The React component is implemented as a function instead of class. It still takes in the same “props” argument just as the render function. To that extent, implementing a function component feels as if the logic spread around in different methods of the class is now collated in a single function. There are pros and cons that have been addressed in the React Conf session. The use of “refs” is unchanged, however, their definition mechanism has changed (more on that later).

function MusicPlayer( props ) {
              <div className='player'>
                     <button ref={playPauseRef} onClick={onPlayPause}> Play </button>
                     <div ref={positionRef}> </div>
                     <input ref={sliderRef}
value={sliderValue} onChange={onSliderChanged} />
       ) ;

2. Handling callbacks via useEffects

React developers familiar with componentDidMount and componentDidUpdate will take a while to habituate themselves to this new functionality in React Hooks. It has certain similarities but is more powerful. UseEffects is a function, which takes in a function as a parameter, as shown below. The second parameter is important. When passed an empty array, the function is called once at the time of componentDidMount. When passed a set of properties, the corresponding function is called, just like componentDidUpdate.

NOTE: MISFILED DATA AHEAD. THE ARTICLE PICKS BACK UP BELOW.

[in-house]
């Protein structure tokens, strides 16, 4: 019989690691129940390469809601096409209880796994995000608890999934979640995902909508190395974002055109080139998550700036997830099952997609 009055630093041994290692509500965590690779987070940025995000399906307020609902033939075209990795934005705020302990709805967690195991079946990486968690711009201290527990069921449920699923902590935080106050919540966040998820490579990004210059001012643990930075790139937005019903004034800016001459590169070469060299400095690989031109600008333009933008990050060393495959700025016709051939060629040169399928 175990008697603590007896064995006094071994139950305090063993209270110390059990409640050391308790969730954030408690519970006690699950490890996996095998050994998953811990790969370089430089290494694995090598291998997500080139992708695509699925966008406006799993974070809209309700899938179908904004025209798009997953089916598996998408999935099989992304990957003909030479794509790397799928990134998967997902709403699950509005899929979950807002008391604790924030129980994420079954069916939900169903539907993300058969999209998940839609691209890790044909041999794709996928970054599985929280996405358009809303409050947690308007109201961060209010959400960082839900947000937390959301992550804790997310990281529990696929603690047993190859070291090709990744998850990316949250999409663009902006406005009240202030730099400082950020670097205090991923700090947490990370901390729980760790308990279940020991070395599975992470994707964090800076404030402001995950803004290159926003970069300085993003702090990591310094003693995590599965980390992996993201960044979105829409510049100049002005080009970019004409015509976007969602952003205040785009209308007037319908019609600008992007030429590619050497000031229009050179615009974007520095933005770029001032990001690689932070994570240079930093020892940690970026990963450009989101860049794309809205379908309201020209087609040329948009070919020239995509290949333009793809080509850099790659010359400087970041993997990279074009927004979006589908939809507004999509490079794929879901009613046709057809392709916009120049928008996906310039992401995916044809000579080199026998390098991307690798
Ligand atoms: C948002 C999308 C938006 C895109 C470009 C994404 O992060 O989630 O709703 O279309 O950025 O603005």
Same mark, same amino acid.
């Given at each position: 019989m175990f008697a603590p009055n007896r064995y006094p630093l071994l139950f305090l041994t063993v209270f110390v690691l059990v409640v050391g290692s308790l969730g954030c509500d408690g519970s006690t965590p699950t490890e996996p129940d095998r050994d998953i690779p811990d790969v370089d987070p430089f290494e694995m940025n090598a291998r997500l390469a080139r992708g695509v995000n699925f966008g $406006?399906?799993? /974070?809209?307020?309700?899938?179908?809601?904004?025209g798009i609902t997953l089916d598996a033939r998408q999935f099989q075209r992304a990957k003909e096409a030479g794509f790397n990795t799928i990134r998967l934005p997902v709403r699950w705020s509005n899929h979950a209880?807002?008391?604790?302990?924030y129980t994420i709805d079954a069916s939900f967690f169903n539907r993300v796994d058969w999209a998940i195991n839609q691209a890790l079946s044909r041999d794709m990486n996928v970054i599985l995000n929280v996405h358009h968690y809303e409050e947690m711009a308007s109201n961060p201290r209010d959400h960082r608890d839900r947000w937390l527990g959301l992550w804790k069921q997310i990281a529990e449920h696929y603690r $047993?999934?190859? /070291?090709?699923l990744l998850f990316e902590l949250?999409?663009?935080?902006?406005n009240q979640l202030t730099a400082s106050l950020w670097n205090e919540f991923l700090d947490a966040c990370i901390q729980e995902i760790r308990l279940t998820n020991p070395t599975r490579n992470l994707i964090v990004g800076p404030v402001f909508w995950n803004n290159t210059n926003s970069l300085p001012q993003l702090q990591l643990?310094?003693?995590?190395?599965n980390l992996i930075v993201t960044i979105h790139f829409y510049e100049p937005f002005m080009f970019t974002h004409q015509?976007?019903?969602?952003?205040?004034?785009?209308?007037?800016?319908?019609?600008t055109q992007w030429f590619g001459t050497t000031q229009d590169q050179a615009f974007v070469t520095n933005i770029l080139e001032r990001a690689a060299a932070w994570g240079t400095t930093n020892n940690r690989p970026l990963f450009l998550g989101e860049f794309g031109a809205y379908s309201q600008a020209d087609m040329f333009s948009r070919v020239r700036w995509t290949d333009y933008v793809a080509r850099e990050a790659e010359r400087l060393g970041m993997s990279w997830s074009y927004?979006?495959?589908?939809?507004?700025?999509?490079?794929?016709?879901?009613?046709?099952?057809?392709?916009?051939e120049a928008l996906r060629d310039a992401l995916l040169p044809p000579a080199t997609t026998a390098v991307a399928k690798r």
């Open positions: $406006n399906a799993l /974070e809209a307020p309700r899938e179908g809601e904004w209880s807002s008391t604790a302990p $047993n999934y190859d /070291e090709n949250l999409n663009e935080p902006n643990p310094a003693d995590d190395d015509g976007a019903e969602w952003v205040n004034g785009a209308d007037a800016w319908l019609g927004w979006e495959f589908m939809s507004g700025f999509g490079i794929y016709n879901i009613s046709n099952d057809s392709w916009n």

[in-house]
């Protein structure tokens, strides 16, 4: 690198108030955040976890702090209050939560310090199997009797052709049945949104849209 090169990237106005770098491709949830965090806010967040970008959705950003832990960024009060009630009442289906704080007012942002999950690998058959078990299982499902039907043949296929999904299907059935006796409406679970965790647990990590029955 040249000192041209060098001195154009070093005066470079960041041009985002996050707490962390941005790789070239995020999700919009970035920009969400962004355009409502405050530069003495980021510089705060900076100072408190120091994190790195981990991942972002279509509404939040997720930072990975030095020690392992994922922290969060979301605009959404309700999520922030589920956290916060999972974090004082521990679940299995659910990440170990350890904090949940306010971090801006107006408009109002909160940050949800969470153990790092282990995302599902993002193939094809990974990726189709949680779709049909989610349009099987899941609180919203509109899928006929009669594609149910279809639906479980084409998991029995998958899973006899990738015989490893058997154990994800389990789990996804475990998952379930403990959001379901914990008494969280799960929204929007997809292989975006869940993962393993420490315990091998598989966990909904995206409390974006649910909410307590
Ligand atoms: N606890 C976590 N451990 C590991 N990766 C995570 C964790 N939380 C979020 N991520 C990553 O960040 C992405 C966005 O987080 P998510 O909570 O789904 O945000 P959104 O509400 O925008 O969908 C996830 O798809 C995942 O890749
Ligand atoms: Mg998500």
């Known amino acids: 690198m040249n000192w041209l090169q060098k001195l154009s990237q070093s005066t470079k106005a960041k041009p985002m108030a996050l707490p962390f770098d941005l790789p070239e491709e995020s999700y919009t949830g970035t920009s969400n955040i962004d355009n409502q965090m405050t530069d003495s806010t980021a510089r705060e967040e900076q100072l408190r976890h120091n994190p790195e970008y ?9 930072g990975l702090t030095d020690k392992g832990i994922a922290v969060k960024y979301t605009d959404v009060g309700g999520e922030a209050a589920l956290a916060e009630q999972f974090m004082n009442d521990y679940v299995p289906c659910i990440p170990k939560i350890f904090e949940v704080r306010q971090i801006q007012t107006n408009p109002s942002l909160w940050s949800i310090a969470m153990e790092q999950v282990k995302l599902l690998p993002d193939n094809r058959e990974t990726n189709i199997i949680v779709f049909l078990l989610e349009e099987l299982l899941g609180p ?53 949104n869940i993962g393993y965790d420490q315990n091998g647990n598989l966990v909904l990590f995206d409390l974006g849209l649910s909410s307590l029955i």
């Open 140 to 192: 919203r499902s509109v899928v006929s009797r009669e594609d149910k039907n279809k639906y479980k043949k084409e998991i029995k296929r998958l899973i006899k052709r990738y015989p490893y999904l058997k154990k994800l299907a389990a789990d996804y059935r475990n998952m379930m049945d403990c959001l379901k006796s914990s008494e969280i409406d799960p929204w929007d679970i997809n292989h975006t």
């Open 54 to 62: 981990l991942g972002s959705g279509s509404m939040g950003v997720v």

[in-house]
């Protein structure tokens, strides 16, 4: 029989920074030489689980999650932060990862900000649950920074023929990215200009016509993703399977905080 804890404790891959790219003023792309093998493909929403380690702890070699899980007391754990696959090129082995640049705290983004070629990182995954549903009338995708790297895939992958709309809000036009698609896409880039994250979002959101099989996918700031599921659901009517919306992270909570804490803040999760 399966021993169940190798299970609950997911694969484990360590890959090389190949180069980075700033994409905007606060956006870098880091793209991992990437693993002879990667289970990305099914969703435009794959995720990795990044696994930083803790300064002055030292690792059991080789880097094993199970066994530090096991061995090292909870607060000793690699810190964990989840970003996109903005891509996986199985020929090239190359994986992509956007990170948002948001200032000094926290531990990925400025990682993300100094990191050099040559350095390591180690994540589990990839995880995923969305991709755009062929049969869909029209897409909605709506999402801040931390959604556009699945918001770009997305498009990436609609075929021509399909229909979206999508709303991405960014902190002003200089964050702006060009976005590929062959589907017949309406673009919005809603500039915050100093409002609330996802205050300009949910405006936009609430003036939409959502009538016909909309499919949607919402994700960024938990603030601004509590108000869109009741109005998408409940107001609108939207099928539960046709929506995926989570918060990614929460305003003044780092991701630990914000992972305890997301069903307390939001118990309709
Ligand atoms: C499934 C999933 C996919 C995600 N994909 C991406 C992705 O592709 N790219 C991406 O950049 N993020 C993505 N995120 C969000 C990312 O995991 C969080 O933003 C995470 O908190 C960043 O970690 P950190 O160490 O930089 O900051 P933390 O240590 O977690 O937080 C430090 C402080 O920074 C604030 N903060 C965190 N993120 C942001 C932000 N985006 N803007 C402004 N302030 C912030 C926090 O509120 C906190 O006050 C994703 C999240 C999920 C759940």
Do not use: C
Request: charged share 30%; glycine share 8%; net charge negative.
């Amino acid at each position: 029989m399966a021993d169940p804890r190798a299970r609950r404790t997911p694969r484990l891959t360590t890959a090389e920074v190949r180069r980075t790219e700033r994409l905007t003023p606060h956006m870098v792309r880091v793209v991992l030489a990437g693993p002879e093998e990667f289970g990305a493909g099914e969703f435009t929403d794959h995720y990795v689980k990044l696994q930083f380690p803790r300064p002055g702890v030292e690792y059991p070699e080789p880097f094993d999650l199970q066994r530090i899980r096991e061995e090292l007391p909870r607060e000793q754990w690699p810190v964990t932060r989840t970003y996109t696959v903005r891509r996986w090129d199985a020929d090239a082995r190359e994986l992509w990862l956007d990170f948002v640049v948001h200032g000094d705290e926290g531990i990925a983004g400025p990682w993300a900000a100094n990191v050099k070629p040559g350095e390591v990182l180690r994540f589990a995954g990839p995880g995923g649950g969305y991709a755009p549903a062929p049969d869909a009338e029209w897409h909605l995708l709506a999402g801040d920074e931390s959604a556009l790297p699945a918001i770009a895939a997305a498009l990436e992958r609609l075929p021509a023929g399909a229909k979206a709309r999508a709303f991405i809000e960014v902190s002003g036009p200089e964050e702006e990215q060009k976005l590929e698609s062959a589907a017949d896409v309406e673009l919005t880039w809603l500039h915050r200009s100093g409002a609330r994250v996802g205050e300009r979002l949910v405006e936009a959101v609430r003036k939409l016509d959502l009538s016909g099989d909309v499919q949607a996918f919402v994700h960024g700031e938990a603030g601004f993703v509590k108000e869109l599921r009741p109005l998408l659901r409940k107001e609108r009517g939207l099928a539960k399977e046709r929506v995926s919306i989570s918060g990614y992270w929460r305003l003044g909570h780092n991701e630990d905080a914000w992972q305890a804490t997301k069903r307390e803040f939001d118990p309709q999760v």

useEffect( () => {
       loadSound(props.src) ;
},[]) ;
useEffect( ()=>{
       showPosition() ;
}, [offset,duration,tick]) ;

In the code snippet above, first ‘useEffect’ is called once the implementation loads the sound file using an AJAX call. Second ‘useEffect’ is called every time there is a change to the three properties offset, duration and tick.


3. Track state changes (useReducer)

This is a new concept and will take more time to grasp. It is a single API to make a change to the state and get back the changed state. Similar to useState, this call also returns a function to be invoked for making changes to the state variables. At first glance, it feels like useState(), but with an ability to influence the new value and perform additional processing, as in the code below.

const [state, dispatch] = useReducer( (state,action)=> {
       switch(action) {
              case 'start' :
                     startPlay() ;
                     return 'started' ;
              default :
                     stopPlay() ;
                     return 'stopped' ;
//This function is triggered on click of play / stop button in UI
const onPlayPause = (ev) => {
       if ( ! loaded )
              return ;
       //Call appropriate dispatch
       if ( playing )
              dispatch("stop") ;
              dispatch("start") ;
       } ;

For our component, the same button starts or pauses the sound, via ‘onPlayPause’. In turn, it invokes the dispatch function of the useReducer. Depending on current value and action, reducer dispatch function returns the new state value. Once again, like the useState function, useReducer can be used to set an initial value.


In a nutshell, the new approach of React Hooks looks promising and delivers the true motive of a cleaner code despite the need to think differently. There are, of course, some nuances and we encourage the readers to pick up the full code from the GitHub account.

As next step, we aim to build more components and come up with a plan of action to help our customers with their React implementations, many of whom, are already using React framework for business applications.